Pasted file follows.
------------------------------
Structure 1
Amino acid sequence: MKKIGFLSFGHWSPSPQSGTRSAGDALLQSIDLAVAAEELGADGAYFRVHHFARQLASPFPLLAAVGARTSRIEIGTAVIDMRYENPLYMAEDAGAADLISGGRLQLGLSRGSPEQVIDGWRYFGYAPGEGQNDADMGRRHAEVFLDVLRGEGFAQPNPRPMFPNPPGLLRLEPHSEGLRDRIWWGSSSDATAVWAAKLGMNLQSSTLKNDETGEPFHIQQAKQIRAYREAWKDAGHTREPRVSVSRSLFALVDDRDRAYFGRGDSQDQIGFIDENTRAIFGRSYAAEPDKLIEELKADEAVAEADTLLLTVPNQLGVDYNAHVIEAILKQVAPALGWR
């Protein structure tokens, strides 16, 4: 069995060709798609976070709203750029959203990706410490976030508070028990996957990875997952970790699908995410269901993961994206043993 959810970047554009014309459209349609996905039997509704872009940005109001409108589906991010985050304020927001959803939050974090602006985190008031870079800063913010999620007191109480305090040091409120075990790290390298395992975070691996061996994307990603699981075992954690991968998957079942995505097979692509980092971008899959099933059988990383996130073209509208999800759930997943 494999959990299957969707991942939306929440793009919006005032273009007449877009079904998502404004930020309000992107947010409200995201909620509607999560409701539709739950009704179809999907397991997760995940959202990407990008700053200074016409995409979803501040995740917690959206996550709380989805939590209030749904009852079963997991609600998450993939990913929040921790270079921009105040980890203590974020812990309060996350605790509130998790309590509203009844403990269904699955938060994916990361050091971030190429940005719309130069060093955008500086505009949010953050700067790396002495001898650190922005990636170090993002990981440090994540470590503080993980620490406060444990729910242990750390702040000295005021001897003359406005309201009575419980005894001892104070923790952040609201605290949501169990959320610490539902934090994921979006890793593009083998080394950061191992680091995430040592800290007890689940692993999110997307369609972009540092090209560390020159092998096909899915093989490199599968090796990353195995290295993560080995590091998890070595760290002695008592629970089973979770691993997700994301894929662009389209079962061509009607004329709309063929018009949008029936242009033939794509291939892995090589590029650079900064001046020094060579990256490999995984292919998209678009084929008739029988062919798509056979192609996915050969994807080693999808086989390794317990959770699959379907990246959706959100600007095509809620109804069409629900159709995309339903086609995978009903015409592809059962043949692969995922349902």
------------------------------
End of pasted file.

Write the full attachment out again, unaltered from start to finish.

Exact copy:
Structure 1
Amino acid sequence: MKKIGFLSFGHWSPSPQSGTRSAGDALLQSIDLAVAAEELGADGAYFRVHHFARQLASPFPLLAAVGARTSRIEIGTAVIDMRYENPLYMAEDAGAADLISGGRLQLGLSRGSPEQVIDGWRYFGYAPGEGQNDADMGRRHAEVFLDVLRGEGFAQPNPRPMFPNPPGLLRLEPHSEGLRDRIWWGSSSDATAVWAAKLGMNLQSSTLKNDETGEPFHIQQAKQIRAYREAWKDAGHTREPRVSVSRSLFALVDDRDRAYFGRGDSQDQIGFIDENTRAIFGRSYAAEPDKLIEELKADEAVAEADTLLLTVPNQLGVDYNAHVIEAILKQVAPALGWR
């Protein structure tokens, strides 16, 4: 069995060709798609976070709203750029959203990706410490976030508070028990996957990875997952970790699908995410269901993961994206043993 959810970047554009014309459209349609996905039997509704872009940005109001409108589906991010985050304020927001959803939050974090602006985190008031870079800063913010999620007191109480305090040091409120075990790290390298395992975070691996061996994307990603699981075992954690991968998957079942995505097979692509980092971008899959099933059988990383996130073209509208999800759930997943 494999959990299957969707991942939306929440793009919006005032273009007449877009079904998502404004930020309000992107947010409200995201909620509607999560409701539709739950009704179809999907397991997760995940959202990407990008700053200074016409995409979803501040995740917690959206996550709380989805939590209030749904009852079963997991609600998450993939990913929040921790270079921009105040980890203590974020812990309060996350605790509130998790309590509203009844403990269904699955938060994916990361050091971030190429940005719309130069060093955008500086505009949010953050700067790396002495001898650190922005990636170090993002990981440090994540470590503080993980620490406060444990729910242990750390702040000295005021001897003359406005309201009575419980005894001892104070923790952040609201605290949501169990959320610490539902934090994921979006890793593009083998080394950061191992680091995430040592800290007890689940692993999110997307369609972009540092090209560390020159092998096909899915093989490199599968090796990353195995290295993560080995590091998890070595760290002695008592629970089973979770691993997700994301894929662009389209079962061509009607004329709309063929018009949008029936242009033939794509291939892995090589590029650079900064001046020094060579990256490999995984292919998209678009084929008739029988062919798509056979192609996915050969994807080693999808086989390794317990959770699959379907990246959706959100600007095509809620109804069409629900159709995309339903086609995978009903015409592809059962043949692969995922349902």